Why Many Successful Actor As Athlete Dies in Moments?

Fame is something worthwhile. However, analysis of the life and death of nearly 1,000 people showed success as pop stars, sportsmen and actors tend to die young.

Price of fame is equated with the 7-year life span. While military leaders longer than 8 years of sports stars, singers and other artists. It is based on a medical journal report.

The idea that musicians die young has long been a source of fascination. This is associated with the death of famous people such as Elvis Presley, Jimi Hendrix and Jim Morison.

Through information from the New York Times obituary or death record, Australian researchers prove the three men short of expectations. They took obituary published between 2009 and 2011 and took data such as age at death, cause of death, and the data of residence.

Assumed that they were published in the newspaper obituary is the people who have successful careers. The analysis shows that the performers, including many actors and singers who died at a young age.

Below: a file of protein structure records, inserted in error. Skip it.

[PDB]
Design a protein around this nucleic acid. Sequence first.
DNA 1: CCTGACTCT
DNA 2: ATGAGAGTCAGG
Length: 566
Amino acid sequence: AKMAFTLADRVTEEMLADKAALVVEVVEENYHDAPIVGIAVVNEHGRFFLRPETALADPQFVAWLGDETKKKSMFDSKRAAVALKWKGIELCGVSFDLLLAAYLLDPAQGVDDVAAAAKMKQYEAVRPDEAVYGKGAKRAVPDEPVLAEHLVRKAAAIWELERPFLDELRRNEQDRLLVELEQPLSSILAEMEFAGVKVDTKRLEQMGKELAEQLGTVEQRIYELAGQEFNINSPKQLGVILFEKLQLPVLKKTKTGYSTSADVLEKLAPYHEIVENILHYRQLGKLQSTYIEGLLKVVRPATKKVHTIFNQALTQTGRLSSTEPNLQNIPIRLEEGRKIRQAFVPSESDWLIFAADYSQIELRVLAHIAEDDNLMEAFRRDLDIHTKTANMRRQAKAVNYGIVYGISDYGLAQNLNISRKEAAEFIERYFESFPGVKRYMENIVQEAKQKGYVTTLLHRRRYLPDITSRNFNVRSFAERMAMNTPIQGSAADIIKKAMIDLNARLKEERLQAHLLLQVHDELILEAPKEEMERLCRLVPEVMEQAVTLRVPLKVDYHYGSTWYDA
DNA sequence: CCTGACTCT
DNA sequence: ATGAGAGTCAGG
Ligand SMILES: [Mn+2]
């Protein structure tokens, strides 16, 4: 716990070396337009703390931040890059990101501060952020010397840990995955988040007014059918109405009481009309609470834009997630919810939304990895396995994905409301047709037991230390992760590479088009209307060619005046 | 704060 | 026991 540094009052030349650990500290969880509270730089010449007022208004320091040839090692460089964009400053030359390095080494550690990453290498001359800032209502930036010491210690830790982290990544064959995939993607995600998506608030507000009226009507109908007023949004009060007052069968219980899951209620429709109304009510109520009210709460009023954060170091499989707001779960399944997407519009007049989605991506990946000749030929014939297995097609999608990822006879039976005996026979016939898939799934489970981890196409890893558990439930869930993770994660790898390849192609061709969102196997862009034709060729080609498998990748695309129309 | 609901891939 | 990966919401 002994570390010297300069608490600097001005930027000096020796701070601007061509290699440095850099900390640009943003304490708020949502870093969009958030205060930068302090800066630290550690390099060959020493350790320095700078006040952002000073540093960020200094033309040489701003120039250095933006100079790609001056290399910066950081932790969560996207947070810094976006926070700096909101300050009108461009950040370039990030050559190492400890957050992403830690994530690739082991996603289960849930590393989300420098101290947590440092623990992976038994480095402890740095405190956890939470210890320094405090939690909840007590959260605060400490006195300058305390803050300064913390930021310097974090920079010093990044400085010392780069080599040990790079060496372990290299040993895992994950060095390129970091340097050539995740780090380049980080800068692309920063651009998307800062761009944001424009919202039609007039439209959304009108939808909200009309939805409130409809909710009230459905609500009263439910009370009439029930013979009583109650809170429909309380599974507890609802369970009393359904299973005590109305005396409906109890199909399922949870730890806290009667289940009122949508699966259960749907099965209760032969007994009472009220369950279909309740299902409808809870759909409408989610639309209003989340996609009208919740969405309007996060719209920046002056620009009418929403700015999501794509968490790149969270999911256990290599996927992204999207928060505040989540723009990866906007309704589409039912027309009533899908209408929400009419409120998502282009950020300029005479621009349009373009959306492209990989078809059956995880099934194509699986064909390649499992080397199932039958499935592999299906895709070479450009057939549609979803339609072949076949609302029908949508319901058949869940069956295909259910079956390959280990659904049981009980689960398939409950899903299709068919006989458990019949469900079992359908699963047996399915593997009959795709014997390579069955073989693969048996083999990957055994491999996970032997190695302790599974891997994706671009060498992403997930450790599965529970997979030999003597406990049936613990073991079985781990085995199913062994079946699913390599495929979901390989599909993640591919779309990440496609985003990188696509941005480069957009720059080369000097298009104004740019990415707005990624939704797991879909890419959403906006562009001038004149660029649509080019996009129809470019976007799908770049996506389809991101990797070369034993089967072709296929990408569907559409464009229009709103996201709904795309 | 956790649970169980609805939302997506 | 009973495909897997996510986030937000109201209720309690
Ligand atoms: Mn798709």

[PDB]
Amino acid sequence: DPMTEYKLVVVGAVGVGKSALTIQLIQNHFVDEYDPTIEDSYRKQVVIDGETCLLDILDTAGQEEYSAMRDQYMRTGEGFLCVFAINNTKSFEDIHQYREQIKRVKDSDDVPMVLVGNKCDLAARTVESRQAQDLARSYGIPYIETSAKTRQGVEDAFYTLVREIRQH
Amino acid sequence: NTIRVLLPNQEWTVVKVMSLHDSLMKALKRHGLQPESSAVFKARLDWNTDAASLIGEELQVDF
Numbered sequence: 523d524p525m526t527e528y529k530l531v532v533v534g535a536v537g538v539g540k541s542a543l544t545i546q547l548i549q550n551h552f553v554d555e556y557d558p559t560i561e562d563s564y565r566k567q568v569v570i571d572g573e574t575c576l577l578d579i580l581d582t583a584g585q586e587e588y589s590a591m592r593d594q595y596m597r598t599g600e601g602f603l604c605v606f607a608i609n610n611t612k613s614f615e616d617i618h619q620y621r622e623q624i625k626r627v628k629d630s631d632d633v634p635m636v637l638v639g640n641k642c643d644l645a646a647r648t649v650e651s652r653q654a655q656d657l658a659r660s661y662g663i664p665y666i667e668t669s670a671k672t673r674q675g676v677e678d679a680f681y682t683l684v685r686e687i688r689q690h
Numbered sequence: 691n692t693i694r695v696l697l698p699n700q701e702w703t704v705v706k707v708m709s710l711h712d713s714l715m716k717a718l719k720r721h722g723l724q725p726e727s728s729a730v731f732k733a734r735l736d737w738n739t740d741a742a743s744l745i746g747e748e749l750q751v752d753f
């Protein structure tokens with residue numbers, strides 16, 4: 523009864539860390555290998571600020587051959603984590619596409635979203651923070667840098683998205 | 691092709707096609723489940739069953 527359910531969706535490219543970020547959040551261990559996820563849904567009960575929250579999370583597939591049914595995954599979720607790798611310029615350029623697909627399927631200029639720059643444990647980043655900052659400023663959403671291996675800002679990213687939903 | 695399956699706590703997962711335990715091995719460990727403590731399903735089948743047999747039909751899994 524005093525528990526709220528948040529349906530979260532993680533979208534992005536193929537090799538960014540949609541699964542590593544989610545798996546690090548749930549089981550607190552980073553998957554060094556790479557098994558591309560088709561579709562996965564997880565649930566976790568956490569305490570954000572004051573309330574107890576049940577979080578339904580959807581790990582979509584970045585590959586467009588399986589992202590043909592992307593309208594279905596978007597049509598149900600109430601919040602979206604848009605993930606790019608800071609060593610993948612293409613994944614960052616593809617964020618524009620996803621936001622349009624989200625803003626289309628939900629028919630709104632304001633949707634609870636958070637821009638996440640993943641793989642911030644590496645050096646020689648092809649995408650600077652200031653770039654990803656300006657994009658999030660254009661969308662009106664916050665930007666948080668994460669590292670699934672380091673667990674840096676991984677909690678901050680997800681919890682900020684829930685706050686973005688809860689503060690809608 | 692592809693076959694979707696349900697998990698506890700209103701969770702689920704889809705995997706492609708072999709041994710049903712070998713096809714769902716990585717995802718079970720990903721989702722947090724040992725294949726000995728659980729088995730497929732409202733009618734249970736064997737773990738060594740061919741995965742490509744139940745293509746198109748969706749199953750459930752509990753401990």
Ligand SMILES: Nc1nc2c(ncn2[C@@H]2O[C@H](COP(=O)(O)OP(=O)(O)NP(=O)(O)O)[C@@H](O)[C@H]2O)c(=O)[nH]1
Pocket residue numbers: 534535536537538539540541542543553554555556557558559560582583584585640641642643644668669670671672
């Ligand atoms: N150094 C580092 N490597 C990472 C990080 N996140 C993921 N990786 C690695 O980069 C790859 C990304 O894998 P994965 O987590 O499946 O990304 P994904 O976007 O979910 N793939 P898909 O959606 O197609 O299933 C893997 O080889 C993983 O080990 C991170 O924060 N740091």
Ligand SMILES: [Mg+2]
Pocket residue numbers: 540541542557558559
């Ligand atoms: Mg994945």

The average age of death they were 77 years 1 month. Instead, the military has a longer life of approximately 84 years and 8 months.

The sportsman also apparently fared worse, on average die from the age of 77 years and 5 months. Writers and creative people who work behind having an average age of 78 years and a half months.

Meanwhile, businessmen and politicians tend to join the army. His life is similar about 80 years, according to an article in QJM: An International Journal of Medicine reports.

These deaths were related to accidents and infections, including HIV and cancer. Deaths from lung cancer, according to research is the result of smoking in the long run, it is common for those who work as performers.

The study authors say that young people are thinking of pursuing fame, but they will face on the choice of potential careers or live longer. They emphasize that while these results do not prove anything, so they look for some interesting possibilities as their lives are too ‘pampered’ until their treatment afterwards.

Professor Richard Epstein of St. Vincent’s Hospital in Sydney, said, “First, if it is true of athletes and performers successful tend to enjoy a short life, whether it means fame at a young age predisposes to poor health behaviors later in life after their success fade?

Is this a psychological problem that affects families and the pressure to cause something unusual in a public performance? Is this what led them to self-destructive tendencies throughout life?